And what a gloriously intriguing world it is, too. Being a Gear VR title, the game’s graphics aren’t exactly cutting edge, but as far as the technology allows, what Augmented Empire does delivery is tremendous. The entirety of New Savannah has been meticulously designed with a cyberpunk feel, and with so many different areas to visit, the world feels alive with character. From plush jazz lounges atop the city to murky subway stations adorned with grime and graffiti in the depths of the slums, every area is a joy to explore, leaving you wanting more.
My main problem with Augmented Empire isn’t actually a problem with the game at all. It’s the fact that it’s in VR. I’ve loved every moment I’ve spent with the game, and if this was on PC or console, I’d have likely hunkered down for an afternoon and binged several hours of the game in one sitting. In VR however, that’s just not an option. The uncomfortable nature of the headset means I’m tired of using it after less than an hour and reluctantly have to leave my progress for several hours until I can bear to strap my face back into Gear VR again.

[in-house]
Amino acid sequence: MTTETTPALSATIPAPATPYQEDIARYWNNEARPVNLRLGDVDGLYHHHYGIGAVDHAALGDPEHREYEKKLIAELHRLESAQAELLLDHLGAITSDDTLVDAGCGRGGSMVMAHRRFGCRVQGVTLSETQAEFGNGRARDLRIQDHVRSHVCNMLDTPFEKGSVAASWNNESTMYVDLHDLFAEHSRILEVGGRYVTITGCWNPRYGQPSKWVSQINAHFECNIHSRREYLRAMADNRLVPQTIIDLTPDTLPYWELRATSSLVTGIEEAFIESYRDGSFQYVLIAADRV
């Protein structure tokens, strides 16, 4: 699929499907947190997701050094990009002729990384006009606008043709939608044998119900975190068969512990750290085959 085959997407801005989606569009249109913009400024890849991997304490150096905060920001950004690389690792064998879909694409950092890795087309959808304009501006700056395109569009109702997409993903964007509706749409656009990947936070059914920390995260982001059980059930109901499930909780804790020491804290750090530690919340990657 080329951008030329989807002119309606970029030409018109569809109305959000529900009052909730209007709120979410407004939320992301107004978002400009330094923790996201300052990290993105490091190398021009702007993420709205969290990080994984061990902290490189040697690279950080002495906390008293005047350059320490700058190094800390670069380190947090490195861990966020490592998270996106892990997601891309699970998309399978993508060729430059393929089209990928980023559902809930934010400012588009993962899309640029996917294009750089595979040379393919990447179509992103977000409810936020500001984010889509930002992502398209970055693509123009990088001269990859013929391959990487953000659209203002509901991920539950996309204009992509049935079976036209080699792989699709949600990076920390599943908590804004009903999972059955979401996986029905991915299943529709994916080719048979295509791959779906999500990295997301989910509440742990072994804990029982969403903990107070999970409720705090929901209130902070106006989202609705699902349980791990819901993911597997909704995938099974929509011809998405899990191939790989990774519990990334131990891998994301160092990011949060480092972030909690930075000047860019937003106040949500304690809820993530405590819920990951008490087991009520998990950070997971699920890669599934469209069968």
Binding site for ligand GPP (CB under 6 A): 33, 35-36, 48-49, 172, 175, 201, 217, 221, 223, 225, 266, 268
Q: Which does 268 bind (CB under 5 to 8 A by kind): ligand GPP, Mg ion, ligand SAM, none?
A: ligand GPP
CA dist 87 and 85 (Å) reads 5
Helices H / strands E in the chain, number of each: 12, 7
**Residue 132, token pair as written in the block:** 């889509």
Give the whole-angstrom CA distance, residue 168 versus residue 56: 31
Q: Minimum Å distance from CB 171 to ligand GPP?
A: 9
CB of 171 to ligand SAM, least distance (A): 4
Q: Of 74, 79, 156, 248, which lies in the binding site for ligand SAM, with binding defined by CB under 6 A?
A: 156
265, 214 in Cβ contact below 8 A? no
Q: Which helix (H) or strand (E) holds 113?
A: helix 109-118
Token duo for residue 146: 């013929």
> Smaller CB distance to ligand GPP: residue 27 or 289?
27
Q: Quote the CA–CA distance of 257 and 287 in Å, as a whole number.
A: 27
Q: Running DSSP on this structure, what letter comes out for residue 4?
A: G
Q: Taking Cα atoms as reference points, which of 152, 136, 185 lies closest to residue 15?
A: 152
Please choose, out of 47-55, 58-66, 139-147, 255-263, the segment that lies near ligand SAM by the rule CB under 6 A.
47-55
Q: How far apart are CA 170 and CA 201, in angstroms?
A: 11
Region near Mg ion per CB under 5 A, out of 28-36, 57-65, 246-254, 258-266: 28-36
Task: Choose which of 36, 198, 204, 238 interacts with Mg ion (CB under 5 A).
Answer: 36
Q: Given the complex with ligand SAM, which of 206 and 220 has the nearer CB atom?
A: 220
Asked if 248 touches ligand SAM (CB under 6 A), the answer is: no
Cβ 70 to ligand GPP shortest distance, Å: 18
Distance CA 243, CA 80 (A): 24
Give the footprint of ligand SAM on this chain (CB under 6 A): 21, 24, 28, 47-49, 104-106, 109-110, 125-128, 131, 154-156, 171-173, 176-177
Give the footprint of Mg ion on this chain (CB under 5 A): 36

Although, if the main complaint is that I couldn’t play as much of it in one sitting as I’d have liked, then that’s a pretty good complaint to have, I’d wager. If you have Gear VR, Augmented Empire should be a priority title to add to your library. The work that’s gone into creating such a deep and wonderful world is astounding, and the simple yet thoroughly engaging gameplay is some of the most enjoyable turn-based combat I’ve played in a long time. Coatsink has done it again, and now I can’t wait to see what else these guys have up their sleeves.